CEE MARKETS-Prague stocks set 6-year high, zloty shrugs off EU threat

* Prague stocks lead regional rise, set 6-year high

* Brussels may propose Poland should lose EU voting rights

* Polish assets shrug off Brussels threat, economy is robust

* Romanian lawmakers seen passing rest of courts reform, leu eases

BUDAPEST/BUCHAREST, Dec 20 (Reuters) - Prague led Central European stock exchanges higher on Wednesday, with its main index setting a six-year high, after the U.S. Senate passed a sweeping tax reform. Expectations for tax stimulus in the world's biggest economy have buoyed stock prices in the European Union's fast-growing emerging markets in the past weeks. The region's bourses did not track a pullback from record highs in Wall Street, which also made German stocks retreat. "But you can feel the uncertainty," said Jozsef Miro, strategist of Erste. "In the past, (European and U.S.) stock markets had their own ways. Germany starting to correlate with Wall Street may not be a good sign," he added. Regional equities still extended their gains on Wednesday. Prague's main index set a 6-year high, and gained more than half a percent by 1011 GMT. Budapest and Bucharest were at their highest level since Nov. 29. Prague has been partly buoyed by gains of state-controlled energy group CEZ as wholesale power prices have risen. With 17 percent rise so far this year, Prague is still behind Warsaw and Budapest, which have gained 27 and 21 percent, respectively. Currencies were mixed against the euro. The forint and the leu shed, the Czech crown and the zloty gained 0.1 percent. Polish markets shrugged off the risk that the European Union may activate proceedings against Poland on Wednesday, bringing it closer to losing its voting rights in the bloc, due to accusations that Warsaw has weakened the rule of law.

However, it is very difficult to bring the unprecedented proceeding, which would punish Polish legislation including a judiciary reform, to the end. That would require unanimous consent from other EU members. "Even though the political storm is likely to continue, we expect the zloty to appreciate in the medium term due to robust economic growth, a tight labour market and increasing inflation, which are likely to affect the MPC's (central bank) position next year," Nordea analyst Natalia Kornela Setlak said. "Interest rate normalisation (rise) is approaching and we expect to see the first hike in late 2018," she said in a note. Hungary weakened its own constitutional court already years ago. An ongoing judicial reform is also a worry in Romania where it is seen hindering efforts to fight corruption. Lawmakers passed part of the reform on Tuesday and are expected to approve the rest late on Wednesday. The political risk may lead to some leu weakening, ING analysts said in a note.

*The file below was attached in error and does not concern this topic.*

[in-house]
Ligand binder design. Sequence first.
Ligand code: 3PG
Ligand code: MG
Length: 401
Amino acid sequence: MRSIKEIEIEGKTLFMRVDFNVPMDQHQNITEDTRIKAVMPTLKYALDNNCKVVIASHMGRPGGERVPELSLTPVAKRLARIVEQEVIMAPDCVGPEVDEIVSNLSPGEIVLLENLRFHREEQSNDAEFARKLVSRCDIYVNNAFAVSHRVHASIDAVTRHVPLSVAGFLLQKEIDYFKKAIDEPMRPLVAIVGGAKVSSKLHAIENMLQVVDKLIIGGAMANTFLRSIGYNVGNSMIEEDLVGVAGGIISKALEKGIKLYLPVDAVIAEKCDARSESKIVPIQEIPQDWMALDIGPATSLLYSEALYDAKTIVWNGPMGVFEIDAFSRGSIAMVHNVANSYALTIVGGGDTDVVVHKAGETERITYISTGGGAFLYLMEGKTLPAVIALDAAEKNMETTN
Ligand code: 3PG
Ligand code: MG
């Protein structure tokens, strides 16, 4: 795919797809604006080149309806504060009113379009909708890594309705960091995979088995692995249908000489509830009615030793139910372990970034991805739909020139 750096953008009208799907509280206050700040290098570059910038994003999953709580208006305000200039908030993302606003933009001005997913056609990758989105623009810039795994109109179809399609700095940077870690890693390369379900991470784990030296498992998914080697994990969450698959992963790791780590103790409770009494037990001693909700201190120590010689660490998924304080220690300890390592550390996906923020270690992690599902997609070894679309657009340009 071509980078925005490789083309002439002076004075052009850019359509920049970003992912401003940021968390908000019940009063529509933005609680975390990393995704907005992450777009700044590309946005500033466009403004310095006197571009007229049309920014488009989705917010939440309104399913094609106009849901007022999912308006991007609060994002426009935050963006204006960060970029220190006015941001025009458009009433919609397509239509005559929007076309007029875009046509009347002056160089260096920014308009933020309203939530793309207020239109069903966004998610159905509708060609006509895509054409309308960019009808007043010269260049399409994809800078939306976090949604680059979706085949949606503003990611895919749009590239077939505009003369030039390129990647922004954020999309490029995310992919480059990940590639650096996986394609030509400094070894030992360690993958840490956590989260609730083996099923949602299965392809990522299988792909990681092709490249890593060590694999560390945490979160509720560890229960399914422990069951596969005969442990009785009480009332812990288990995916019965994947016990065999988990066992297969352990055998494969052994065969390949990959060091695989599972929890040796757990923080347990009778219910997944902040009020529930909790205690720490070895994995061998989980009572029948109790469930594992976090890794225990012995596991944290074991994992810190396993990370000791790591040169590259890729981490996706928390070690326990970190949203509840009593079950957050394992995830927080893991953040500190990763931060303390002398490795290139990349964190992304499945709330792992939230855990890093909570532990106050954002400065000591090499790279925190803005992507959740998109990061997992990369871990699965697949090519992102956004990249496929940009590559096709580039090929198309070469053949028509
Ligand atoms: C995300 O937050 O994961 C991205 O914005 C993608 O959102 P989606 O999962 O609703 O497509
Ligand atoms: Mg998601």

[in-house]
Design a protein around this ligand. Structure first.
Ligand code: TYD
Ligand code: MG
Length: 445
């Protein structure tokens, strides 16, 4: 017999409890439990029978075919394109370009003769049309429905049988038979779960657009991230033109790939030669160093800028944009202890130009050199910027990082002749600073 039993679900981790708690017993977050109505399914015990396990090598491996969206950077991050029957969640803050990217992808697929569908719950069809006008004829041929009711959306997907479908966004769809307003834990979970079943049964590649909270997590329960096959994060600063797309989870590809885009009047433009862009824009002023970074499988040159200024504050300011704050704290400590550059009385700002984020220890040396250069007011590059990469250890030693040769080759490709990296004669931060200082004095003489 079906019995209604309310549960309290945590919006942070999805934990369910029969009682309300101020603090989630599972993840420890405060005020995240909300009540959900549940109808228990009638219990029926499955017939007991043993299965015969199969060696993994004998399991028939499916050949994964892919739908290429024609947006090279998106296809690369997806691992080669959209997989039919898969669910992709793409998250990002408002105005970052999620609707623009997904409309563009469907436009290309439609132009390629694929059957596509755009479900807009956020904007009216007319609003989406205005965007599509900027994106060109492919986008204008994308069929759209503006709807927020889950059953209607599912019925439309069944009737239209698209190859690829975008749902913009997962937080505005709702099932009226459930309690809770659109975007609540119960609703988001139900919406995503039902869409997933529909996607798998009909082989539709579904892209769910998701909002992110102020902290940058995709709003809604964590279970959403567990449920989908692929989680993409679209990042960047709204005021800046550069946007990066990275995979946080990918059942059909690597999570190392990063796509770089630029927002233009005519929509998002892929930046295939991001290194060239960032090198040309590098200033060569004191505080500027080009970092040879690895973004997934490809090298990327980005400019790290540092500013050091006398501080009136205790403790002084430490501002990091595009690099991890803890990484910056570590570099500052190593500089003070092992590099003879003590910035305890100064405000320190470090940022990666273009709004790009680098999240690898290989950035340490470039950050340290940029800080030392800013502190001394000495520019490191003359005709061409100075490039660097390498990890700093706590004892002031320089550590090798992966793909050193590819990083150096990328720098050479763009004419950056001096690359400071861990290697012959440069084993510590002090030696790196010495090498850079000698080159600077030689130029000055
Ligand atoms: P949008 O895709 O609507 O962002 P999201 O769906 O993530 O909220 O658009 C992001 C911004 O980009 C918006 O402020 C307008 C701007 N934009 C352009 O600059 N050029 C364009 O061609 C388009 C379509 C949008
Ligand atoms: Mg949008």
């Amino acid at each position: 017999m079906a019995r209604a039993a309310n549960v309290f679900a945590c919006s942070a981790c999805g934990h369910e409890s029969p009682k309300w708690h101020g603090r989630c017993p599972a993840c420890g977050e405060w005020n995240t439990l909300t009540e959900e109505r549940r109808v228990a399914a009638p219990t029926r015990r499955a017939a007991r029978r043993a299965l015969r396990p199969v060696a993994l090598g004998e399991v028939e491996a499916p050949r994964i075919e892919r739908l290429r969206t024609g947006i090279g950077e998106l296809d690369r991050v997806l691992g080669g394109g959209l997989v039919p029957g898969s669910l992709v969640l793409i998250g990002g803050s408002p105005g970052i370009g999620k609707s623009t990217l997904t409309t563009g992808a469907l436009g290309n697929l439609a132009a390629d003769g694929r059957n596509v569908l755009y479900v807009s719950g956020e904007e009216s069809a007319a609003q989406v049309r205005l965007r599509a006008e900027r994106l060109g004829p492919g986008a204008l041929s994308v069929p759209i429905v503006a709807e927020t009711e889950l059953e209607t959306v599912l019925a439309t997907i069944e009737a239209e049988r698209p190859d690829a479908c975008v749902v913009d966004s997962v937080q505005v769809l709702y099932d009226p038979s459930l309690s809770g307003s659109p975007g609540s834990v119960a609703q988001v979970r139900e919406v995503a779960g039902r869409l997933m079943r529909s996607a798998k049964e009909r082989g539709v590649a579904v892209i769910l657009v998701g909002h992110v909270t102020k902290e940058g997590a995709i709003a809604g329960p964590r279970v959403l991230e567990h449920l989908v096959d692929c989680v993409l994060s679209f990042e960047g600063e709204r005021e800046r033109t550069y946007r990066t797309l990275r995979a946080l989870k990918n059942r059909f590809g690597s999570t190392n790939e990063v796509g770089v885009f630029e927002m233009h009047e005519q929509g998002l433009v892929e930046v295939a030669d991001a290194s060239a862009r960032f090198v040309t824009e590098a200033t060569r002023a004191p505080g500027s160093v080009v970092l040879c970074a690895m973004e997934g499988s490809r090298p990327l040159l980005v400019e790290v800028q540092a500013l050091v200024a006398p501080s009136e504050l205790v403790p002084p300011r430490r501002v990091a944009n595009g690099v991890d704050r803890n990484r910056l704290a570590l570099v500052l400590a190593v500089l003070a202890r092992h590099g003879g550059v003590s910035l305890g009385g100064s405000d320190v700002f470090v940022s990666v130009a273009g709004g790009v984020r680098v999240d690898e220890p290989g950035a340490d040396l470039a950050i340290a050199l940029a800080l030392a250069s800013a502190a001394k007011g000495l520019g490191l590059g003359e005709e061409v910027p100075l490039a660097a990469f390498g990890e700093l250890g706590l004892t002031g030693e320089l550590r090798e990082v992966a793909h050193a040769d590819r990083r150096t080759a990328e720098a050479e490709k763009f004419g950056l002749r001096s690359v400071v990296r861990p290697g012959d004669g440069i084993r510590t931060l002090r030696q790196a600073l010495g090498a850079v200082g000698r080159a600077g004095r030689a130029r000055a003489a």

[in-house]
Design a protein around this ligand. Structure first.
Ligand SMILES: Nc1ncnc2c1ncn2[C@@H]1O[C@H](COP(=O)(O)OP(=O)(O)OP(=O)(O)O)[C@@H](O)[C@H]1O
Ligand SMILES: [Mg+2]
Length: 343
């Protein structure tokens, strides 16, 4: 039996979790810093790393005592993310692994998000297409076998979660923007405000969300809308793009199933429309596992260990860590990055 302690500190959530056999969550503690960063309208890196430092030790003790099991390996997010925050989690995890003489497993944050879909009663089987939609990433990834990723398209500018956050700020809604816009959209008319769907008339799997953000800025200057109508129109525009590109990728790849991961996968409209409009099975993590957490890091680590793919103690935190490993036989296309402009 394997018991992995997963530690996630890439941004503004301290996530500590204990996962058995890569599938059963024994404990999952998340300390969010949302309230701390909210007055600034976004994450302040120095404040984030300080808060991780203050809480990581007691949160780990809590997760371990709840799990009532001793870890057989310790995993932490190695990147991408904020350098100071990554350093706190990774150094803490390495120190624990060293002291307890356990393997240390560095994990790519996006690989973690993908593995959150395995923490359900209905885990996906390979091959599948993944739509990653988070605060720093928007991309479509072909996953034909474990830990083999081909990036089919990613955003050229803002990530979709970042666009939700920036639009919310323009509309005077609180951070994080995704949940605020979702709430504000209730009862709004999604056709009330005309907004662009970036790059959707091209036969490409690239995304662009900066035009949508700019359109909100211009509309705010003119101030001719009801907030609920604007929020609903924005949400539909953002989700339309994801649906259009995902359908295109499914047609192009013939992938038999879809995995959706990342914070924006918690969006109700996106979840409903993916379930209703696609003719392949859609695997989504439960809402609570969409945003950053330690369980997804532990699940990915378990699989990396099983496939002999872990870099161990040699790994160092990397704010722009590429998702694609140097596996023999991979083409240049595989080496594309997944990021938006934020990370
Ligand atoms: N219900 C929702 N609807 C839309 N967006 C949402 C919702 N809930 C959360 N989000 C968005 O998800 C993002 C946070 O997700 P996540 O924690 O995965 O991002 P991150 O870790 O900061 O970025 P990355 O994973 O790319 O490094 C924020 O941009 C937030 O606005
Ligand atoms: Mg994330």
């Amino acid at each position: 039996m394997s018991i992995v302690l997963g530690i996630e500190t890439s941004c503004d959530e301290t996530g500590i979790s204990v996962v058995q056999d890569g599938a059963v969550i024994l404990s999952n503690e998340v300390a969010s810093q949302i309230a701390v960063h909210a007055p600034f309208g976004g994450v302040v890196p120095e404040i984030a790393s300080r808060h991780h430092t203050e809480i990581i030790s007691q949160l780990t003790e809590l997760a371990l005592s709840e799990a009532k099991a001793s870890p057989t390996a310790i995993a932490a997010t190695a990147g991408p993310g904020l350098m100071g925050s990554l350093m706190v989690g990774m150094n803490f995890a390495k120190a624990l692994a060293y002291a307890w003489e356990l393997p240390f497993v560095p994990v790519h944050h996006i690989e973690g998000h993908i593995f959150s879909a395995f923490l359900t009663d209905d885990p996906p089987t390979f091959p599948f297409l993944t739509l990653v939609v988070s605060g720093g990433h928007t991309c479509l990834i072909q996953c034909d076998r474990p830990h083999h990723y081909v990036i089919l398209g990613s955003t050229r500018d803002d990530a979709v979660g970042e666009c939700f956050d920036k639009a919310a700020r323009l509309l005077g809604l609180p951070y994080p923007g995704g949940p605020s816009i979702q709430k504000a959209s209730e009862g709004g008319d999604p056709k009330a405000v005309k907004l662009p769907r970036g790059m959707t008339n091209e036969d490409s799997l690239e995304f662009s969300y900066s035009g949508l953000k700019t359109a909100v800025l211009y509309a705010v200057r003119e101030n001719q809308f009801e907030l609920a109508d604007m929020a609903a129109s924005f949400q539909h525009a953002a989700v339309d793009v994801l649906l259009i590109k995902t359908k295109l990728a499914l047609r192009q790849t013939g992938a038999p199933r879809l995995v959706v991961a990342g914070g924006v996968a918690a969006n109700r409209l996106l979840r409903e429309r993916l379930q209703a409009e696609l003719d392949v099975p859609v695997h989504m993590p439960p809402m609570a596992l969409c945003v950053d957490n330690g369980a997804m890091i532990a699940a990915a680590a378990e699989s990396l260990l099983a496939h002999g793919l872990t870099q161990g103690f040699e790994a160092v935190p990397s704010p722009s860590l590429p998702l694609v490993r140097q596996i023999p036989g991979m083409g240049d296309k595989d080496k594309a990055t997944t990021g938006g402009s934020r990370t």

Latest Previo Daily Change


bid close change in


Czech crown 25.670 25.693 +0.09 5.21% 0 0 % Hungary 313.18 312.88 -0.09% -1.39% forint 00 50 Polish zloty 4.1983 4.1999 +0.04 4.90%


Romanian leu 4.6250 4.6197 -0.11% -1.95% Croatian 7.5460 7.5443 -0.02% 0.12%


Serbian 119.20 119.00 -0.17% 3.48% dinar 00 00 Note: daily calculated previo close 1800 change from us at CET


Latest Previo Daily Change


close change in


Prague 1077.0 1071.2 +0.54 +16.8 2 4 % 6% Budapest 38855. 38807. +0.13 +21.4 85 09 % 1% Warsaw 2467.1 2455.9 +0.45 +26.6 0 9 % 5% Bucharest 7789.0 7769.4 +0.25 +9.94 6 4 % % Ljubljana 790.61 786.71 +0.50 +10.1 % 8% Zagreb 1846.6 1845.0 +0.09 -7.43% 7 8 % Belgrade 750.33 750.27 +0.01 +4.59 % % Sofia 662.37 662.80 -0.06% +12.9


Yield Yield Spread Daily (bid) change vs change Bund in Czech spread


2-year 0.526 0.186 +120b +17bp ps s 5-year 0.792 0.064 +106b +5bps


10-year 1.462 0.005 +109b +1bps

ps Poland

2-year 1.744 -0.022 +242b -4bps


5-year 2.661 -0.026 +293b -4bps


10-year 3.331 0.024 +296b +2bps



interb ank

Czech Rep <PR 1.04 1.24 1.38 0


Hungary <BU 0.03 0.13 0.19 0.03


Poland <WI 1.761 1.815 1.915 1.72


Note: FRA are for ask quotes prices ********************************************************* *****

(Additional reporting by Jason Hovet in Prague)